When it comes to divvying up joint accounts or coming to a financial agreement about joint payments during a divorce in Virginia, you may find yourself worrying about the effects this process will have on your credit score. You may face hefty expenses from the divorce proceedings, including alimony or child support, and you also need a way to finance yourself as you begin this new chapter in your life.
The good news is that divorce proceedings will not affect your credit—at least not directly. However, according to U.S. News & World Report, you need to be aware of the indirect ways the separation can damage your credit score.
Perhaps the most obvious influence on your credit is the high cost of divorce. Of course, not all separations come with a steep price tag, but when they do, they can be financially devastating. Custody litigation can ring in at more than $20,000, and if you do not have significant funding readily available, you may find yourself borrowing or missing payments to try to come up with the money.
If you cannot pay the bills and find yourself in debt as a result of divorce, your credit score will suffer. High bills for legal services, alimony, child support and accrued interest or penalties may raise red flags for lenders, making it difficult for you to gain approval for car loans, mortgages, property rentals and credit cards.
Amicable ex-spouses may be able to come to a healthy financial arrangement regarding joint credit accounts, but a vindictive or indebted partner can spell trouble. Even if you make your payments on time, your ex-spouse’s refusal or inability to pay up can have a negative impact on your credit score.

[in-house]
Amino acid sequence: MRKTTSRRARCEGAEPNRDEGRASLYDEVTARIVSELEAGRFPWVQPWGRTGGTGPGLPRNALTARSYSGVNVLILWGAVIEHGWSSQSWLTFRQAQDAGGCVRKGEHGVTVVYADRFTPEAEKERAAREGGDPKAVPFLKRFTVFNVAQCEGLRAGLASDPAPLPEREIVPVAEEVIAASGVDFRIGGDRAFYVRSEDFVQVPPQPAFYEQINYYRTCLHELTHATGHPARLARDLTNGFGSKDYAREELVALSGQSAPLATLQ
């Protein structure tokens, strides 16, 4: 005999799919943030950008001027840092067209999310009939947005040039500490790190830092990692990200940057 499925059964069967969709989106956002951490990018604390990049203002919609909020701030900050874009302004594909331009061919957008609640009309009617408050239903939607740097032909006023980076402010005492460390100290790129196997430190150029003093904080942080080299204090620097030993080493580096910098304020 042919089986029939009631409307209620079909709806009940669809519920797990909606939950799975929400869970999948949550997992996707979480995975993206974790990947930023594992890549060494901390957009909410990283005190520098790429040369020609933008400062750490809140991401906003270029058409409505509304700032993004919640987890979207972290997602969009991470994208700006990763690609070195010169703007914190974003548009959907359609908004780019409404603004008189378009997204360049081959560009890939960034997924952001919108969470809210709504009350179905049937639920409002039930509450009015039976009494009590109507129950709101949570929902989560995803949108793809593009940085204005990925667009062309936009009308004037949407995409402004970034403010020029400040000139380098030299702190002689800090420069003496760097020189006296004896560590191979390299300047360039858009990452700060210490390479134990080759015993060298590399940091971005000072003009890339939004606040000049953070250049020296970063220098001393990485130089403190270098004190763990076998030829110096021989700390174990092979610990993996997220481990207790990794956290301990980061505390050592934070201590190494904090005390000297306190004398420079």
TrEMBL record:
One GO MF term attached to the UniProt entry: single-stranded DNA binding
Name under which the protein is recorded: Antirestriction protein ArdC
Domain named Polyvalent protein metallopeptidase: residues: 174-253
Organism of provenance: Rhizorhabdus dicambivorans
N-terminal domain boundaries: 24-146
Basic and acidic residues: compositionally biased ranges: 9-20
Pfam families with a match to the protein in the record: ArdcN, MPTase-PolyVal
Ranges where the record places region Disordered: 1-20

By staying in contact with lenders, you can minimize the damage. In cases where your ex is not holding up his or her share of the payment bargain for joint credit accounts, you can switch the account to your name by removing the other person or closing and then re-opening the account. You can also freeze the account until some agreement has been reached.
When you are facing significant post-divorce debts, careful financial planning is in order. You may not be able to live your old lifestyle, and you might need to pare down your spending significantly. Nevertheless, the post-divorce financial topography is not all grim. This is your chance to take control of your own assets, become a better financial manager and even rebuild your credit.
This information is intended to be educational and should not be construed as legal advice.